Tragedy knocks on the door of the oppressed in the form of the oppressor, in some or the other way, consistently. In Bangladesh, after Sheikh Mujibur Rahman’s victory in the elections he was denied his right to be the Prime Minister by the West Pakistan establishment. This created a huge debate on linguistic and regional imperialism. In East Pakistan, the West Pakistan military treated the lower castes as subhuman and carried out atrocities on them. In the clash of two political rivals, history was getting repeated with the lower castes. Bengali Muslims had paid a price but the lower castes had paid double that price. In the 1971 liberation war, Pakistan started the ‘Operation Searchlight’ during which they killed and tortured thousands of people and raped women. It is true that Bengali Muslims faced a major backlash from the Pakistan’s Army, but the fact that the lower caste Non-Muslims were targeted more and killed in the name of being Indian agents and ‘Hindus’ cannot be sidelined. The Pakistani military operation forced them to migrate to India. In India, their settlement camps were located in very interior and forest areas. The Indian government distributed them in different parts of India like, Maharashtra (Chandrapur and Gadchiroli), Odisha, Madhya Pradesh and Chhattisgarh, etc. The common element was that all those settlements were located in forest areas. Again, they became stateless citizens in conflict with the forest departments of India.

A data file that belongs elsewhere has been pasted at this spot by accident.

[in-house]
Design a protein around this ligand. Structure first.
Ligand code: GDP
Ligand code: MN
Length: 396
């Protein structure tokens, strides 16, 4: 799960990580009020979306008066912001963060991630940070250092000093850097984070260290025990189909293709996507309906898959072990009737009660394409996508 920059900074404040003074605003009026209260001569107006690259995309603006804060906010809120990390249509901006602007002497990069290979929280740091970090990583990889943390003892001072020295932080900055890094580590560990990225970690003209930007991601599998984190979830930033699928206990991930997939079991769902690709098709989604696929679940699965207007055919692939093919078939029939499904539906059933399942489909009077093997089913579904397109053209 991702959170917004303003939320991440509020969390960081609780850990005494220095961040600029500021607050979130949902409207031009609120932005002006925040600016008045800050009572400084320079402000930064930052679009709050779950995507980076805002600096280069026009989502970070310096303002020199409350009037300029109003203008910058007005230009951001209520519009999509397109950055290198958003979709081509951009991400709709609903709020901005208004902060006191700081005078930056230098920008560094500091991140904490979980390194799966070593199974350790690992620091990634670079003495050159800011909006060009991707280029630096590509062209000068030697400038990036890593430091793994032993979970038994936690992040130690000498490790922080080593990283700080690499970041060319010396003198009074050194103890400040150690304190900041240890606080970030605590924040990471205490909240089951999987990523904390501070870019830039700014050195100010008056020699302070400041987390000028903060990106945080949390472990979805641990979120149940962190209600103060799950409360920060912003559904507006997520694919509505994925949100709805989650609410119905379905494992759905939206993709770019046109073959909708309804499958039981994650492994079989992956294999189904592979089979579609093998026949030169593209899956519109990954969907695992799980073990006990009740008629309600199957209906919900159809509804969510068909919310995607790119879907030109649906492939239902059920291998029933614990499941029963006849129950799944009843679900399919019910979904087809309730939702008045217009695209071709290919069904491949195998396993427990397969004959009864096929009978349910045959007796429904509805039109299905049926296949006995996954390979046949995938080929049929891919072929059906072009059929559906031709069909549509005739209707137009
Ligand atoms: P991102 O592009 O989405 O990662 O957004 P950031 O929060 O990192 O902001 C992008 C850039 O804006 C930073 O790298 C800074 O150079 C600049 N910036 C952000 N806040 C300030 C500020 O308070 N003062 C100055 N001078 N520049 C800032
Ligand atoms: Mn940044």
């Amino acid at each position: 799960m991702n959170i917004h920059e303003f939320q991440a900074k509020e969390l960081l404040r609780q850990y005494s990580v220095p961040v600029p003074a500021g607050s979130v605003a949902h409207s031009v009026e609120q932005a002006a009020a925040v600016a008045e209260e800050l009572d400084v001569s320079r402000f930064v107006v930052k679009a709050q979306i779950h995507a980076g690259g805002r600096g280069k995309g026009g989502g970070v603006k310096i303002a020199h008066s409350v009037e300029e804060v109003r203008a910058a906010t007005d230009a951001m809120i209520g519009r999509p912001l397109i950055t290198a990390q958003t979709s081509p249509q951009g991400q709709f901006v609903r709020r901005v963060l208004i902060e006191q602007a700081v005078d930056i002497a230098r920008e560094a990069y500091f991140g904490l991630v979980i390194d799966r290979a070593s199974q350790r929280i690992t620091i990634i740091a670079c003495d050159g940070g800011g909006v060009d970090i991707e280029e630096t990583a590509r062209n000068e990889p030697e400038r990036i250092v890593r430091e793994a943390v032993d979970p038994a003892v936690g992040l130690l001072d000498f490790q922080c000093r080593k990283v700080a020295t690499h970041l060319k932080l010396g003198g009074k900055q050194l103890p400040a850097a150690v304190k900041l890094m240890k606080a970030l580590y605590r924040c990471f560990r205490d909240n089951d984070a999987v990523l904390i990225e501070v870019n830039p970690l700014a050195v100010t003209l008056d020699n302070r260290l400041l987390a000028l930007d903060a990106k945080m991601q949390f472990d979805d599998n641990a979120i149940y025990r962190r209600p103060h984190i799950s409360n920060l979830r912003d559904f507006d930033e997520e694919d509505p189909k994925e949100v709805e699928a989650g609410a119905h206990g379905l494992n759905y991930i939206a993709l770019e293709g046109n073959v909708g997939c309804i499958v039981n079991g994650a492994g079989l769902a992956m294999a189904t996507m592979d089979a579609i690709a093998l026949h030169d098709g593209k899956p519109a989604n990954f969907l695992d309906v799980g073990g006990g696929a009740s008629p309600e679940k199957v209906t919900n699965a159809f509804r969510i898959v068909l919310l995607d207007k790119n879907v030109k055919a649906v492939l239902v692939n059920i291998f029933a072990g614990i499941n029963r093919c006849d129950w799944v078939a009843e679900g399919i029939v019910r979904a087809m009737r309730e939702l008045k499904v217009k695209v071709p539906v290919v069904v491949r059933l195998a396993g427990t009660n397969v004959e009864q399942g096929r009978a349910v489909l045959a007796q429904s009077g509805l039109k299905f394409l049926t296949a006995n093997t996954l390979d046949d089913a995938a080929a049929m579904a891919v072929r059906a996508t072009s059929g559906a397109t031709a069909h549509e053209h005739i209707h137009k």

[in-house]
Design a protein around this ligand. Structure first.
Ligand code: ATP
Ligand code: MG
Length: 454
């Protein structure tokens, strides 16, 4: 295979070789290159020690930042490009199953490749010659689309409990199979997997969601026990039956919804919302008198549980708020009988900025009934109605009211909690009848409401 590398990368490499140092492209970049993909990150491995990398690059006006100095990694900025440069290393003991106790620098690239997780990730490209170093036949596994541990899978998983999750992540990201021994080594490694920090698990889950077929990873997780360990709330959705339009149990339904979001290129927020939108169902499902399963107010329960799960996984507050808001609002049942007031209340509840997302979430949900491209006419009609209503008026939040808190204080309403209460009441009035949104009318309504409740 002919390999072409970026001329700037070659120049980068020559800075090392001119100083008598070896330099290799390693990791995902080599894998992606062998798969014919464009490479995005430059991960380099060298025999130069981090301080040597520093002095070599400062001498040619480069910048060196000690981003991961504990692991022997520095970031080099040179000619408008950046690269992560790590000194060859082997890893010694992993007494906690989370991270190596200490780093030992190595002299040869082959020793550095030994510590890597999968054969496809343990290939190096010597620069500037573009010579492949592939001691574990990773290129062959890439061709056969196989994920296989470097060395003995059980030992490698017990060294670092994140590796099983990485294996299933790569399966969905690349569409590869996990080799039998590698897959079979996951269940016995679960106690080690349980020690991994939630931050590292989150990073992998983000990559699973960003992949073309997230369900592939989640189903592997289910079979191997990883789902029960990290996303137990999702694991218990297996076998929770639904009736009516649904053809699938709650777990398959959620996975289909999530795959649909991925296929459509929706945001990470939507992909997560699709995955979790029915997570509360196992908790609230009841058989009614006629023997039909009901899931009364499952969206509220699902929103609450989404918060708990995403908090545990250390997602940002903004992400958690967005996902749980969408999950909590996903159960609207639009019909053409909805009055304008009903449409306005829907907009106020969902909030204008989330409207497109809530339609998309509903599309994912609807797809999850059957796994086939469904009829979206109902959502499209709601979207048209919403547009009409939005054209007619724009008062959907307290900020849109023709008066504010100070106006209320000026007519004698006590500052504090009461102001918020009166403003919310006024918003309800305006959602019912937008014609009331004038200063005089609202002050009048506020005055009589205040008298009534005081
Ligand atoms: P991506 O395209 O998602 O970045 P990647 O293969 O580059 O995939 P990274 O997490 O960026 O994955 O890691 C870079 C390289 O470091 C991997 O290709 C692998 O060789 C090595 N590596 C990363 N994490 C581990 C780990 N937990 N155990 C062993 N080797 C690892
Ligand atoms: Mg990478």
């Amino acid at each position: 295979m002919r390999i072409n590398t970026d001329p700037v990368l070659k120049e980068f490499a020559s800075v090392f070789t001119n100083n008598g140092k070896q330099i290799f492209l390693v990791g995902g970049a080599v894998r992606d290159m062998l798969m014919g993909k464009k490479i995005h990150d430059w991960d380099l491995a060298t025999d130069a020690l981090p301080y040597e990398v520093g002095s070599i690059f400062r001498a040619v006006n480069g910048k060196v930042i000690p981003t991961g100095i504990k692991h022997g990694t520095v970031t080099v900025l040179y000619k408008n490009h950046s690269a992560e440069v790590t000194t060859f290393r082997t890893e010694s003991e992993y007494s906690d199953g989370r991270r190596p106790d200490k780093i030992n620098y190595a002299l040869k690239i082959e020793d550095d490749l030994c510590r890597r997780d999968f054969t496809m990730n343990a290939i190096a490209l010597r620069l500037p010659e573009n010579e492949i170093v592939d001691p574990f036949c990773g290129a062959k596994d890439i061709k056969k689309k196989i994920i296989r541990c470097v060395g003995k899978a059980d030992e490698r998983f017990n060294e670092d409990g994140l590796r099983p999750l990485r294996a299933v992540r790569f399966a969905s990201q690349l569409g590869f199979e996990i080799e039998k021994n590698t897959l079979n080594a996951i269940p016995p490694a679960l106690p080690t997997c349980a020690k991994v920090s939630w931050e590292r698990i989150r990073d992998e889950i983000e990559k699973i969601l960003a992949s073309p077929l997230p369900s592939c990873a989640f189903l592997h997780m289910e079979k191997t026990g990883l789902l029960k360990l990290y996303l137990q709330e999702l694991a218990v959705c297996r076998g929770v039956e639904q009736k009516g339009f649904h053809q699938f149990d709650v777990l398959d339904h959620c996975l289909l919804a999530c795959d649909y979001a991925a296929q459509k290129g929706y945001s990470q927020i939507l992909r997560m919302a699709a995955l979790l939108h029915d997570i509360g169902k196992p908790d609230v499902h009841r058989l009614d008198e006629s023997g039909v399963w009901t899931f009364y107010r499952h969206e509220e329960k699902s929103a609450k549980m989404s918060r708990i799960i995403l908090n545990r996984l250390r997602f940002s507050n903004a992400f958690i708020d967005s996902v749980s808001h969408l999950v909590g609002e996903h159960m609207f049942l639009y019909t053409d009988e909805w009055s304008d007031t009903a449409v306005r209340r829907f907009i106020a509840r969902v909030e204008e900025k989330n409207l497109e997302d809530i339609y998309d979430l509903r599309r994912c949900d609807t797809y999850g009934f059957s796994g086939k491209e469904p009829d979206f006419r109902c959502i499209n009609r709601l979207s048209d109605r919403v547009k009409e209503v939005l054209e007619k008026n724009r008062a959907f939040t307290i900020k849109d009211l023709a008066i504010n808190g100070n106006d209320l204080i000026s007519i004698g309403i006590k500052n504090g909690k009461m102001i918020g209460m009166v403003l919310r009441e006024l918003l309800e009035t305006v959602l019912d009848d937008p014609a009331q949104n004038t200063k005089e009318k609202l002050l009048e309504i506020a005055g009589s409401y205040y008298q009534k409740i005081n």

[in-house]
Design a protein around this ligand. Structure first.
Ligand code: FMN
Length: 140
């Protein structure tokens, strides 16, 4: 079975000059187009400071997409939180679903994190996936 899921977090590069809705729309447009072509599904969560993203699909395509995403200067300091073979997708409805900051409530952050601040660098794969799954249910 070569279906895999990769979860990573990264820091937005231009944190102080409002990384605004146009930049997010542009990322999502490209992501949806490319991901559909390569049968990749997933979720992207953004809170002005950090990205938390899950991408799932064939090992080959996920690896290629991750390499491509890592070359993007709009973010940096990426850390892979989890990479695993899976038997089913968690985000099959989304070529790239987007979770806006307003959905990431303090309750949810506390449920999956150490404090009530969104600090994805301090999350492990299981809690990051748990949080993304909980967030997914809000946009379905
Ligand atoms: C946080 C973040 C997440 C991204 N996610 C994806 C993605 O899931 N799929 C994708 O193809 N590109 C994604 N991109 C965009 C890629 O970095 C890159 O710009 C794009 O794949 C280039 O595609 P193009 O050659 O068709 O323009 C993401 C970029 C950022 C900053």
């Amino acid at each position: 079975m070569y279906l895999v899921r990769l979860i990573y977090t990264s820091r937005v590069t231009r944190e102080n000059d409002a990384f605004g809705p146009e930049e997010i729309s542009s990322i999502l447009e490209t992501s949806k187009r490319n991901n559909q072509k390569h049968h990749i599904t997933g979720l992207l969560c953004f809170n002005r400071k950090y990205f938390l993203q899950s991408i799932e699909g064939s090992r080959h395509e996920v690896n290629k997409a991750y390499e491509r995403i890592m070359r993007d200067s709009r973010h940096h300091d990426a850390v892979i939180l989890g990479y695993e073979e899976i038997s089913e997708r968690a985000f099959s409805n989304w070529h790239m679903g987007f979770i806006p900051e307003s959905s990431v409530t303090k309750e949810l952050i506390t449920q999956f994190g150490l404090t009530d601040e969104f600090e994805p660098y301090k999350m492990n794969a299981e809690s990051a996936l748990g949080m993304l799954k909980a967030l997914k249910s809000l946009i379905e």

Outcome of 1947 and 1971: Lost ground of Anti-Brahmanism